I can’t remember when I came upon this Wakmann Big Boy, but I do know that the seller had it listed for what was then a silly price and it didn’t sell. When it came back on eBay, it was reduced but I ultimately made an offer and bought it for around $700. I had no idea what was inside the watch – it turned out to be the venerable, if not exotic – Valjoux 7733, and the details were sketchy. Still, the tealeaves seemed to show a good case and bezel along with a nice dial under a heavily scratched crystal. The seller mentioned that the watch worked – it didn’t – but I kept it anyhow as prices were already on the rise and pieces were becoming less prevalent on the market. I ended up sending the watch to Andreas and he ended up sending it to the UK to one of his trusted watchmakers. The watch needed some fairly serious work, but, as you can see, it is now in lovely, unaltered condition and runs perfectly.
I’ve paired this watch with a lovely, and affordable, strap from Andreas. They’re new and out of Italy and really suit a big-cased watch like this. I toyed with a number of shades but ultimately settled on a light brown as it helps augment the dial.
Wearing the Wakmann Big Boy is great as it’s rugged and large, yet manages to fit well under a shirtsleeve due to its reasonable thickness. The lugs, by the way, aren’t actually that lengthy so it does help the watch fit on a smaller wrist like mine.
Assessing the market for the Big Boys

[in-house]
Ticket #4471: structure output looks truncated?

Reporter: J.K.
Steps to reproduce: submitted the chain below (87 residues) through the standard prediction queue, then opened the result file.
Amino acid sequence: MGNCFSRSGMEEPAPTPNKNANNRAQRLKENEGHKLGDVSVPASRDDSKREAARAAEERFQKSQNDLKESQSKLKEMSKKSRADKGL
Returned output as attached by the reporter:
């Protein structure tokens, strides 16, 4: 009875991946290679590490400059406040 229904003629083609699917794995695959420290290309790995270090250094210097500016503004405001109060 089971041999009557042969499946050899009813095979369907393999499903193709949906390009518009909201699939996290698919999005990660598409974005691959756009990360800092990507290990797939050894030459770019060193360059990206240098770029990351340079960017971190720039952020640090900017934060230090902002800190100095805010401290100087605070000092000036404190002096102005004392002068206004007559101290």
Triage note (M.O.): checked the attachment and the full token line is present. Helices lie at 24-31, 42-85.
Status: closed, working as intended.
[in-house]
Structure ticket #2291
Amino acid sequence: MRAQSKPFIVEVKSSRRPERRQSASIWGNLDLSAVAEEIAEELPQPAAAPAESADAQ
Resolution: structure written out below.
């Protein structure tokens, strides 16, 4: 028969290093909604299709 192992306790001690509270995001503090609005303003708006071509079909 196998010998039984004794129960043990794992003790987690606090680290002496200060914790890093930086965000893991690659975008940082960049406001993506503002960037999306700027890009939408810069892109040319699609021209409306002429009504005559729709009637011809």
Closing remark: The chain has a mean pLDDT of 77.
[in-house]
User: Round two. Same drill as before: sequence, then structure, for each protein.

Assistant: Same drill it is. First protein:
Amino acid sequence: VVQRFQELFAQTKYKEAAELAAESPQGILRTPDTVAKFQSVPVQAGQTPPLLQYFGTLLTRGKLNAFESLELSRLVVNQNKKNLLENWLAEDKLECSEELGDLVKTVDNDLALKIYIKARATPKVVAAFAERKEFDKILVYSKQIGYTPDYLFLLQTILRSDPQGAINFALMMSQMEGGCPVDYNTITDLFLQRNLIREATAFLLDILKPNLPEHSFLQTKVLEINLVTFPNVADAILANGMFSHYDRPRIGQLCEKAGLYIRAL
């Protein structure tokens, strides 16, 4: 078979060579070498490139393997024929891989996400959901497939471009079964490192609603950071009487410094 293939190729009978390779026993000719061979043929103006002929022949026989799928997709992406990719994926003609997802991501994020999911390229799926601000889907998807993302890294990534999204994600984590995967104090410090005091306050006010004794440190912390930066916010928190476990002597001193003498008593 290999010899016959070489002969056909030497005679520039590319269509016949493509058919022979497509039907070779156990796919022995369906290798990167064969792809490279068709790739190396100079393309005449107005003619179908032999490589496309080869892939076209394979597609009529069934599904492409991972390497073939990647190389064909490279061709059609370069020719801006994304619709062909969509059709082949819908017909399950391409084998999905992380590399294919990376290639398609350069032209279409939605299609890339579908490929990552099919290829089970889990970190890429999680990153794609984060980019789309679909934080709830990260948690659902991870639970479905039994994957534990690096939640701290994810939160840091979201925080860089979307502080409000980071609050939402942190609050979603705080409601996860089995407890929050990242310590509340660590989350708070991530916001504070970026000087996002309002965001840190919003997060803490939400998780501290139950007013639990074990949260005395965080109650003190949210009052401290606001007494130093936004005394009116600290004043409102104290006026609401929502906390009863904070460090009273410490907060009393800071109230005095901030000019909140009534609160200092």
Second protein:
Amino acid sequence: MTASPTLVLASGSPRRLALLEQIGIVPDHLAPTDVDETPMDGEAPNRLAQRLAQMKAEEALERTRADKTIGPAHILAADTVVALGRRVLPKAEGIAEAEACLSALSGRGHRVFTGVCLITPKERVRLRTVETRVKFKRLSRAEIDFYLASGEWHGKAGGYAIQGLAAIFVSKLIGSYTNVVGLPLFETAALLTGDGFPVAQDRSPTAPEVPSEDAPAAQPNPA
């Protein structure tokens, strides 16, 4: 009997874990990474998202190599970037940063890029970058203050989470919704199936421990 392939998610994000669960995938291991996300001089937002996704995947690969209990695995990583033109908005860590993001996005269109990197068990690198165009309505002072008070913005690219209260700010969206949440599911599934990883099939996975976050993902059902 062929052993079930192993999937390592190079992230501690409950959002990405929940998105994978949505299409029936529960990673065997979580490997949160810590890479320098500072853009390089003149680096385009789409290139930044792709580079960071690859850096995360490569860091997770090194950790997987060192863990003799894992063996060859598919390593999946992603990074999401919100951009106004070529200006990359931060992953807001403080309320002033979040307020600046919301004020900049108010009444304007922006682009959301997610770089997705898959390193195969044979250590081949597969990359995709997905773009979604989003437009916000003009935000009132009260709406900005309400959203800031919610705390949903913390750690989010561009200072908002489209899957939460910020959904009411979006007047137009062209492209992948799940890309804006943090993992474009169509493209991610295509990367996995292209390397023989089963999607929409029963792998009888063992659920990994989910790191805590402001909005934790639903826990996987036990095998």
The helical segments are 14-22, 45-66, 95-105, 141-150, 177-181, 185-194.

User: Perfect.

Value wise, it’s hard to say what a Wakmann Big Boy, or any of the familial pieces, should be worth, as pricing seems to be all over the place. For sure, the column-wheeled 236 pieces are likely the most desirable, but the dial design also comes into play and counts for just about as much as the movement. Prices were in the sub $1,000 realm, but have now climbed to anywhere from $1,750 – 2,500. On the upper end, that feels like a lot of money for watches with relatively unknown or “private brand label” names, but when compared to the similar Heuers, they’re downright bargains. In fact, in the case of the 3646C, we’re talking about a watch with a 7733, so there’s very little difference other than the snap back and the name on the dial.
As far as availability, I’ve seen far less of these than I have of the aforementioned Nivada/Wittnauer pieces and while that doesn’t make Big Boys rare, they don’t seem to be available in droves.
As you can see, there’s not a lot of published history on the Wakman Big Boy or the variants, so if you know more, please get in touch. Still, at face value, this is a great looking and wearing watch and with the ever-increasing popularity of the vintage chronograph, it represents a highly attractive piece at a, dare I say this, non-eye watering price. Until next week…